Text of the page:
Some owner-entrepreneurs spend quite a bit of time wondering when it will be the right time to sell their business. This is understandable as it is a critical decision that will probably have the biggest impact on their wealth crystallization. With the US Fed raising interest rates for the first time in ten years, this conundrum is worth revisiting.
When we say Macro vs. Micro, in this case we will examine the impact of higher interest rates versus a specific company’s growth record and prospects. High revenue growth typically means a high valuation and, while not an exact science, higher interest rates generally mean lower company valuations. Higher interest rates result in lower valuations for a number of reasons including: (i) they raise the discount rate used in calculating a company’s value, (ii) they make other more secure investment options more attractive and, (iii) for companies with debt, they lower earnings.
While you would expect a rise in interest rates to affect all companies equally. In fact, some companies have growth prospects quite independent of macro trends (technically called high alpha companies) while others are affected more by general economic circumstances (technically called high beta companies). Let’s look at two scenarios.
Let’s say a growing company is generating $5 million in EBITDA this year and expects to achieve $7 million next year (40% growth). The prevailing multiple for this business is currently 7 times EBITDA. The owner is wondering should he/she sell now for $35 million or hold off and try for closer to $50 million next year. At the same time interest rates have just started to go up, and by next year they are expected to be 2% higher than they are today, which will result in a one times lower multiple. Now he/she is looking at 6 times $7 million in EBITDA which is $42 million. Is it worth the wait? In this case it may be but now let’s at a lower growth, high beta company. Again, the company is generating $5 million in EBITDA this year, but in this case expects to achieve $5.5 million next year (10% growth). The prevailing multiple for this business is 5 times EBITDA and, with higher interest rates, the value now changes from $25 million to $22 million after interest rates rise. Many factors go into realizing value but these scenarios illustrate the point.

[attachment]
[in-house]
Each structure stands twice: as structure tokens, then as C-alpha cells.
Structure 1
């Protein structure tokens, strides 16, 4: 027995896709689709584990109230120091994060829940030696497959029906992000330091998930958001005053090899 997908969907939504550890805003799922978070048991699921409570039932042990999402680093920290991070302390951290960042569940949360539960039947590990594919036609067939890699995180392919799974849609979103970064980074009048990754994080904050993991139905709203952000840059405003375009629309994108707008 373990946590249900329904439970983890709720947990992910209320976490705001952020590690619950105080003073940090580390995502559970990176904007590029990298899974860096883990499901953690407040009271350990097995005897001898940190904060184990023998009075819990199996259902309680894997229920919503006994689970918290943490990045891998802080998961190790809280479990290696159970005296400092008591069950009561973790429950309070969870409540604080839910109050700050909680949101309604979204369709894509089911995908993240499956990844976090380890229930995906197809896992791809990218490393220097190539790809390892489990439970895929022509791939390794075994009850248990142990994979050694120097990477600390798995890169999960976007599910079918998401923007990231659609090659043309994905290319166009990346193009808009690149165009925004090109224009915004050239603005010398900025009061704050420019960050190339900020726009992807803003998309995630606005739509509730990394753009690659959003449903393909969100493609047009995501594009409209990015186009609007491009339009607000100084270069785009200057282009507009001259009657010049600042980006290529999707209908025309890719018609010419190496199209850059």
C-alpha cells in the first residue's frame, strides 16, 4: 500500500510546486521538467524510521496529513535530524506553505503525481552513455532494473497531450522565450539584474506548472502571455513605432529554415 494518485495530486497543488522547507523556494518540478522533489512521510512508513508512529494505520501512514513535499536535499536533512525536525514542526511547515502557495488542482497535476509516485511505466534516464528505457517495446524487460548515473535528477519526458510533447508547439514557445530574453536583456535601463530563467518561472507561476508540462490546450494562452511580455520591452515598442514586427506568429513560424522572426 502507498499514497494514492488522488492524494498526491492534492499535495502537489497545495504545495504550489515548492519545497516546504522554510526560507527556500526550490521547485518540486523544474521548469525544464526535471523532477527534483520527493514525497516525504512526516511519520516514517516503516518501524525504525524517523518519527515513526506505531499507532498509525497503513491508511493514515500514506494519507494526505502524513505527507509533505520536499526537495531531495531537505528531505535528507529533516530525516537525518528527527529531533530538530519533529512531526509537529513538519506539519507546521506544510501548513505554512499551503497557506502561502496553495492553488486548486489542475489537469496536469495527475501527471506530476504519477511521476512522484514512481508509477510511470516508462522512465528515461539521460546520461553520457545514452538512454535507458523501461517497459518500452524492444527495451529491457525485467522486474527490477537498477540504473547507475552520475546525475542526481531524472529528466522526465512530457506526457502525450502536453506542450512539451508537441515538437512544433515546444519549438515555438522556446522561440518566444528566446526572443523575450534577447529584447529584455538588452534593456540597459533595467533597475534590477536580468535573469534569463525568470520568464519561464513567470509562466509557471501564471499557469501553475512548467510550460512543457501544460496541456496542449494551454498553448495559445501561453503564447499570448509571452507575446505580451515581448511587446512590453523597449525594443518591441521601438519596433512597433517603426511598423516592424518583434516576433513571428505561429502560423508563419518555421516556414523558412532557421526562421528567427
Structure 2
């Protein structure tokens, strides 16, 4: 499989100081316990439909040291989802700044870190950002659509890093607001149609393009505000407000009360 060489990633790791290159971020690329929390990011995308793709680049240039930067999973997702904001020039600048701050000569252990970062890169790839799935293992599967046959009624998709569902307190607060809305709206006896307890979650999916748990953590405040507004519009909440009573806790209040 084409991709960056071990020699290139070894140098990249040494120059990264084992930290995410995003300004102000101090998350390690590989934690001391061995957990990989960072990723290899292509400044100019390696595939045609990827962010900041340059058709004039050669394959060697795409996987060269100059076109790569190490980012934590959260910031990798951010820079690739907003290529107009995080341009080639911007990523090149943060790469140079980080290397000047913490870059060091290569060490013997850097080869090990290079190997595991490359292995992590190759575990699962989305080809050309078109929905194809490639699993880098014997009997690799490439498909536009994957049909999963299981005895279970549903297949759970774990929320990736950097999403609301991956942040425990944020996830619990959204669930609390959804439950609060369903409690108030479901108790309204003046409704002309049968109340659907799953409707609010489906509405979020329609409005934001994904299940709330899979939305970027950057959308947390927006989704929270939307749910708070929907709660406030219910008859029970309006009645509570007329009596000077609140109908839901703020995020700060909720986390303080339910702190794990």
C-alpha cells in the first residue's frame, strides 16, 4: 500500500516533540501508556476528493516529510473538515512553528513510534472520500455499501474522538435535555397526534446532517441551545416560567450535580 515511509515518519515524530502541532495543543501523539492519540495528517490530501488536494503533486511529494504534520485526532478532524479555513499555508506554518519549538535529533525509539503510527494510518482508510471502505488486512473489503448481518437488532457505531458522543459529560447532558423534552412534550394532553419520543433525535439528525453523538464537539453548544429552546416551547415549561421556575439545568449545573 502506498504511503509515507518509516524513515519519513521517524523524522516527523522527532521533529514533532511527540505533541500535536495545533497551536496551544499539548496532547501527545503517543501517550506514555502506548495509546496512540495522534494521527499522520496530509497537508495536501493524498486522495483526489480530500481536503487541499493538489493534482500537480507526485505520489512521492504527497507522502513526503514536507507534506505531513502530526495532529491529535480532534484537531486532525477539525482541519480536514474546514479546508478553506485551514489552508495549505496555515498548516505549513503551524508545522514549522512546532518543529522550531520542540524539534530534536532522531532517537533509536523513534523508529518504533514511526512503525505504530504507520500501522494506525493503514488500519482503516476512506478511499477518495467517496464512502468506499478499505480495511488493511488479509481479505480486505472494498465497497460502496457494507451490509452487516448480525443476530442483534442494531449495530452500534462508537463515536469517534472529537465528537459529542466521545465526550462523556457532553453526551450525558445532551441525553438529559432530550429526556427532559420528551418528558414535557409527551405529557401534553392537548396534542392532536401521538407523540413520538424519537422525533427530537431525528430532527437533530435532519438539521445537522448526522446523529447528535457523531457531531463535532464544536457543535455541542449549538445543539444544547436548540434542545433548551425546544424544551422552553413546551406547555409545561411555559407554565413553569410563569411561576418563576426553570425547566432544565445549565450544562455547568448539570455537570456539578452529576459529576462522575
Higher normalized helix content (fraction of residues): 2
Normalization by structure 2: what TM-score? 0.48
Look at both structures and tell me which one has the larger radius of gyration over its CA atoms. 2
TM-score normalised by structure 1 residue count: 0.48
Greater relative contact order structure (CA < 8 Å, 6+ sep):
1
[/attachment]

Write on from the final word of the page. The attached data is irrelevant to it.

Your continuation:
So how quickly will interest rates rise? The following chart provided by Capital Economics suggests the Fed funds rate will exceed 3% by the end of 2017.
Owner-entrepreneurs are generally optimistic that next year will be better than the current year and that their companies will be worth more in the future. For high-growth, alpha type companies this is generally true but, if your company is mature and a high beta type company, I would watch rising interest rates carefully because they will erode value.